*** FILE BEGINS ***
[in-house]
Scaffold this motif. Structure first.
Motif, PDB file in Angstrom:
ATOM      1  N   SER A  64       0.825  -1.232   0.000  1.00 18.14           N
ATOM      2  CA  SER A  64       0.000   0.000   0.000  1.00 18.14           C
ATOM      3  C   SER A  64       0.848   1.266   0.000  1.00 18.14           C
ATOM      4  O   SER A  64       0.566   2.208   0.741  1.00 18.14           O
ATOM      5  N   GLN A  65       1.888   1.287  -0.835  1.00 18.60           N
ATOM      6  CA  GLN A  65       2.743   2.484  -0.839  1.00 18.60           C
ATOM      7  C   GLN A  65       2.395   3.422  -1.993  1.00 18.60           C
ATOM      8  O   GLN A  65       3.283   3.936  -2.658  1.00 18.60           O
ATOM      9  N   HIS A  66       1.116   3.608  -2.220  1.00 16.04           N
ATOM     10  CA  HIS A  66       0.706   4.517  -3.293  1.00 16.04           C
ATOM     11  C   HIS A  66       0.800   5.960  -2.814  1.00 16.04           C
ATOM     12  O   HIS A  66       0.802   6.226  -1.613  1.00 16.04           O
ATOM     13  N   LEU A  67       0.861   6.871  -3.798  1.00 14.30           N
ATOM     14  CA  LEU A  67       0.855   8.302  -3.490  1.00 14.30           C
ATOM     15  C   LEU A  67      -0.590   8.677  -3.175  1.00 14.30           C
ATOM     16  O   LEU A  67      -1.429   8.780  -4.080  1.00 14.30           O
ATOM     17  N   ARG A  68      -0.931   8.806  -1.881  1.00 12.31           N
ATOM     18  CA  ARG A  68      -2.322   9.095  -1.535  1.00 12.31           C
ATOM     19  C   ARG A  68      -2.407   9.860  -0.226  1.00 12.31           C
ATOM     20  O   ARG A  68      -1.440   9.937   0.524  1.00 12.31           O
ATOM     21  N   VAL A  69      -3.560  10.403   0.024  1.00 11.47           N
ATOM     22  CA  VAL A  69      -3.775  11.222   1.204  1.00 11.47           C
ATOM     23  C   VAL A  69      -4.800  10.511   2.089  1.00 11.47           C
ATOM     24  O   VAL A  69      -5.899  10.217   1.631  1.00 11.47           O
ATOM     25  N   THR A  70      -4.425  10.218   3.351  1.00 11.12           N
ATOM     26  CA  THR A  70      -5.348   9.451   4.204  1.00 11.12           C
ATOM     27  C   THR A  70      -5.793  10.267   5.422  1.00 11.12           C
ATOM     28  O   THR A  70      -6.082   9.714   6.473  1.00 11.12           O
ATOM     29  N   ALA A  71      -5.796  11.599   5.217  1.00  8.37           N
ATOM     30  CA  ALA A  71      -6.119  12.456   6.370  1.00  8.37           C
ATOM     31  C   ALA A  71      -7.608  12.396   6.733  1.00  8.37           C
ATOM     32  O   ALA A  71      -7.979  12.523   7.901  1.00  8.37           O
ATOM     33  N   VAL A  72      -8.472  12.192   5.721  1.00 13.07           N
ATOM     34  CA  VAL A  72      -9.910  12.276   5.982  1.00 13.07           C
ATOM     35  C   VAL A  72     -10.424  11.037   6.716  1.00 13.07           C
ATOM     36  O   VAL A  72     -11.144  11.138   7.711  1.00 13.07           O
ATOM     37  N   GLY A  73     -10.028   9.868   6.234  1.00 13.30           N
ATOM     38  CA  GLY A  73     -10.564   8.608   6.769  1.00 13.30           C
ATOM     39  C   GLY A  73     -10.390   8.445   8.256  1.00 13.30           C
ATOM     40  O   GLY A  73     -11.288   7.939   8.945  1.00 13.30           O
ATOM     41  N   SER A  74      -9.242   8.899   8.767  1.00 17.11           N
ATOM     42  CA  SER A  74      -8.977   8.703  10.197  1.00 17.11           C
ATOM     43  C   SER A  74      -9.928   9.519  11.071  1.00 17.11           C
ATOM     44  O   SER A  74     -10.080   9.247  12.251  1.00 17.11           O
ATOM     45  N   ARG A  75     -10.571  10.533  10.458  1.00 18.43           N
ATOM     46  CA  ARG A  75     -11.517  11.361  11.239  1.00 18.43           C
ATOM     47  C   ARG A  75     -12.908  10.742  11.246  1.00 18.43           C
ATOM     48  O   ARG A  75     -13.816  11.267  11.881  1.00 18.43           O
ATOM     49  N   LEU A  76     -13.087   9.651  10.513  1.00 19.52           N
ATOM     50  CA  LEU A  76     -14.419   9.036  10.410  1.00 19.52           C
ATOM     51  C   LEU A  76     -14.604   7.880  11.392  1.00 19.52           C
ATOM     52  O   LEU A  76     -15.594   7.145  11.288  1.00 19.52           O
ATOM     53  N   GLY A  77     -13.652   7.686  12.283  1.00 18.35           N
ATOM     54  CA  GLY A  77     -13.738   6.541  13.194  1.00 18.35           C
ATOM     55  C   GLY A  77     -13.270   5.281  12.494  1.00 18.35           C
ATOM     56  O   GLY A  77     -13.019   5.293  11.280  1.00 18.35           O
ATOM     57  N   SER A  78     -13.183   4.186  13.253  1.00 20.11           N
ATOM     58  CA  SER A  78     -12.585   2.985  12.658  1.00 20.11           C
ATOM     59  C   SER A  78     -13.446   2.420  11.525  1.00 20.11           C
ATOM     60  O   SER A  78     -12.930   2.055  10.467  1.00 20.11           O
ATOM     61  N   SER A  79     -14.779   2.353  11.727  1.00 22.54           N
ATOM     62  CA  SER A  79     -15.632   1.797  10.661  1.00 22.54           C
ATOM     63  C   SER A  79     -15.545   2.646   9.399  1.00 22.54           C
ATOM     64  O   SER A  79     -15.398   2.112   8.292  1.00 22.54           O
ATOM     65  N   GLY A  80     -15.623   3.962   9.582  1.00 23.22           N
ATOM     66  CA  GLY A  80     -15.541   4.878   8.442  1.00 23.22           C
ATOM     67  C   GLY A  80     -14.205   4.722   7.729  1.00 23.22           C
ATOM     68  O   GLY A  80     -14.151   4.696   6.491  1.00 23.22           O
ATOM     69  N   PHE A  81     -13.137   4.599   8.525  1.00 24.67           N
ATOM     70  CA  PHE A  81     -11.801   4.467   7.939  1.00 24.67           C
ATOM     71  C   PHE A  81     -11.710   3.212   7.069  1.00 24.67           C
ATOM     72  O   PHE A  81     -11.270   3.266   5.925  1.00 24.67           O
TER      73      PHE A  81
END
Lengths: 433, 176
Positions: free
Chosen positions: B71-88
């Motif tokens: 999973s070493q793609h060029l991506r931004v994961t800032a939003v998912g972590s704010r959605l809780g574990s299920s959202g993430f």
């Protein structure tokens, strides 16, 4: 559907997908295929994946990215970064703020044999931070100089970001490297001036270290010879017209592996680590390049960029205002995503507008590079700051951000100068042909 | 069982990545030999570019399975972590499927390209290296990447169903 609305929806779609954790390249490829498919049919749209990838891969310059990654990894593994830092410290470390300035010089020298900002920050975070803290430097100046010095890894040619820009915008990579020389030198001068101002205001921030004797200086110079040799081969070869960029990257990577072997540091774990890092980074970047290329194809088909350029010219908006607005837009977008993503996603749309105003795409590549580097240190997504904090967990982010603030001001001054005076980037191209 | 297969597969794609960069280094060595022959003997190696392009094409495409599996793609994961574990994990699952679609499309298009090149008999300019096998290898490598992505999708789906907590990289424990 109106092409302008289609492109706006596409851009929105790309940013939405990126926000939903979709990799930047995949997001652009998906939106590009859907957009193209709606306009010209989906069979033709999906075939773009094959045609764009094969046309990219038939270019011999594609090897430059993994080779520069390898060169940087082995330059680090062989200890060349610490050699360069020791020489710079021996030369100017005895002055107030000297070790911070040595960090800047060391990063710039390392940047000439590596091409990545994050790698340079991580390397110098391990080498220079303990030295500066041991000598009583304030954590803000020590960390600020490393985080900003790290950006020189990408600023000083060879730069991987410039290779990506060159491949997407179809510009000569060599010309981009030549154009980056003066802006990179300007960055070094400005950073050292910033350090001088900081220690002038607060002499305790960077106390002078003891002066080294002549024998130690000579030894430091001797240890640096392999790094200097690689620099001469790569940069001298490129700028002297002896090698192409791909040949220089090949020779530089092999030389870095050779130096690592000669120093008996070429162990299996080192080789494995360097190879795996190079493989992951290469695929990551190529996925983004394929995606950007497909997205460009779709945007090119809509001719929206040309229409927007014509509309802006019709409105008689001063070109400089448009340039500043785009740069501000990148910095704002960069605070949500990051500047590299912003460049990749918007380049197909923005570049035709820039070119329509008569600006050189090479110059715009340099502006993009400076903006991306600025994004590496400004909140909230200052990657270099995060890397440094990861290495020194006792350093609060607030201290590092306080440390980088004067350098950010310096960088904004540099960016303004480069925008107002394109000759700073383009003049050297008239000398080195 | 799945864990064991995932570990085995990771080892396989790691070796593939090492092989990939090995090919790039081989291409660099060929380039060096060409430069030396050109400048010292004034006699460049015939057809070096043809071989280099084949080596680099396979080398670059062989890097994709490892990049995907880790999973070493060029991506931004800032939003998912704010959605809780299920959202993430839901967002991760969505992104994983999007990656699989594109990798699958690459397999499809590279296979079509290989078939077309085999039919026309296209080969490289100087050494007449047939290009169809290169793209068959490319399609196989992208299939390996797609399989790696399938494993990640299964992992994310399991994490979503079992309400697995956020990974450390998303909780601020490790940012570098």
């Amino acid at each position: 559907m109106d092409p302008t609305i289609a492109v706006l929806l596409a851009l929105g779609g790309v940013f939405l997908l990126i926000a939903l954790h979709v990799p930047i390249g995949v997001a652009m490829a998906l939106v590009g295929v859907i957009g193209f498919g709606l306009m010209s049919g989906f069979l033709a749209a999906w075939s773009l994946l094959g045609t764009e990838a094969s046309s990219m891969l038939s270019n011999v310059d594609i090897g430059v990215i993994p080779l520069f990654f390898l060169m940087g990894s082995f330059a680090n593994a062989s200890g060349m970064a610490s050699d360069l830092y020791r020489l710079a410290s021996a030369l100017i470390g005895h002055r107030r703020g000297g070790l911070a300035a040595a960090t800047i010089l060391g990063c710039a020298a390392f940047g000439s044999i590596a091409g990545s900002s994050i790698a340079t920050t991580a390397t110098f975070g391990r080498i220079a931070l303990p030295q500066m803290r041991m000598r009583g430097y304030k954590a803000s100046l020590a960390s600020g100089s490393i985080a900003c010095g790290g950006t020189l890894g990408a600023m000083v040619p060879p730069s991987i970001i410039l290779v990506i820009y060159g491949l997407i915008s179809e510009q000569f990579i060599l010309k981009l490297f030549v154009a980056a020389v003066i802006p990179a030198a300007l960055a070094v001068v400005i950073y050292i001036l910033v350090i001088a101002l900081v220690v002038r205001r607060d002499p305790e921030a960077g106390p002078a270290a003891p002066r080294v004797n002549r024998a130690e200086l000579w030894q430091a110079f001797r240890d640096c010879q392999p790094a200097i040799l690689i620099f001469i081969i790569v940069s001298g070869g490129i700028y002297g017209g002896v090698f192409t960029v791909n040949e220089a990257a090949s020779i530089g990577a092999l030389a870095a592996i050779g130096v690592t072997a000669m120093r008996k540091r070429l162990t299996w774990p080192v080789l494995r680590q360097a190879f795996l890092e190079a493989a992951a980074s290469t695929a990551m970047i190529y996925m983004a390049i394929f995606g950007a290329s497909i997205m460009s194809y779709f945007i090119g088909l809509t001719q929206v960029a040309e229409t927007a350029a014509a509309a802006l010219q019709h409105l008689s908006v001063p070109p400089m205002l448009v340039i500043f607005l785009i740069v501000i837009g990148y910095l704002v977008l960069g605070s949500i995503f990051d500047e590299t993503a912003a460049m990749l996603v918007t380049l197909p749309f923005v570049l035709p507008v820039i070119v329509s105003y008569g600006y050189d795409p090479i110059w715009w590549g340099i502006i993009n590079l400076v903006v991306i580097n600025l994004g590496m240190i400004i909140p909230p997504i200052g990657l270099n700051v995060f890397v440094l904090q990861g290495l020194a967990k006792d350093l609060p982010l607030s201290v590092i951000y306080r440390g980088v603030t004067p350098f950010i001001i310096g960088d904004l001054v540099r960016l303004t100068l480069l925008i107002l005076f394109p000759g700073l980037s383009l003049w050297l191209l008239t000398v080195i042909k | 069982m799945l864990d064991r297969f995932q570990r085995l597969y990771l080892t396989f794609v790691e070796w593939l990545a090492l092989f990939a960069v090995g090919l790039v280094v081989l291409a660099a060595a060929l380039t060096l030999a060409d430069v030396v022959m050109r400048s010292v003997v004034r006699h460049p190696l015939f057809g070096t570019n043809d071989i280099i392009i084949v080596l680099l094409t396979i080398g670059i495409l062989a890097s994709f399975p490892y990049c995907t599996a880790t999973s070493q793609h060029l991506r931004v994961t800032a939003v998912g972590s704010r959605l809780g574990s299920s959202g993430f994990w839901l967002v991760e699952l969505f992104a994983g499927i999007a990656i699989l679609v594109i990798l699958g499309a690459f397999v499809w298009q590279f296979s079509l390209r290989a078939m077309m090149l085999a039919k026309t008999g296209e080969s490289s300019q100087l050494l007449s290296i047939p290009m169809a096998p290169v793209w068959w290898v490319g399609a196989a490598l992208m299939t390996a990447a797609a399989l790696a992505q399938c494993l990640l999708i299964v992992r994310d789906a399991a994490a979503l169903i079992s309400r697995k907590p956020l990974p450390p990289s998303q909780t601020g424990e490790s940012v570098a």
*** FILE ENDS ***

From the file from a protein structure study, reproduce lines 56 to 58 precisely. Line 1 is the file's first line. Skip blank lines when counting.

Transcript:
ATOM     53  N   GLY A  77     -13.652   7.686  12.283  1.00 18.35           N
ATOM     54  CA  GLY A  77     -13.738   6.541  13.194  1.00 18.35           C
ATOM     55  C   GLY A  77     -13.270   5.281  12.494  1.00 18.35           C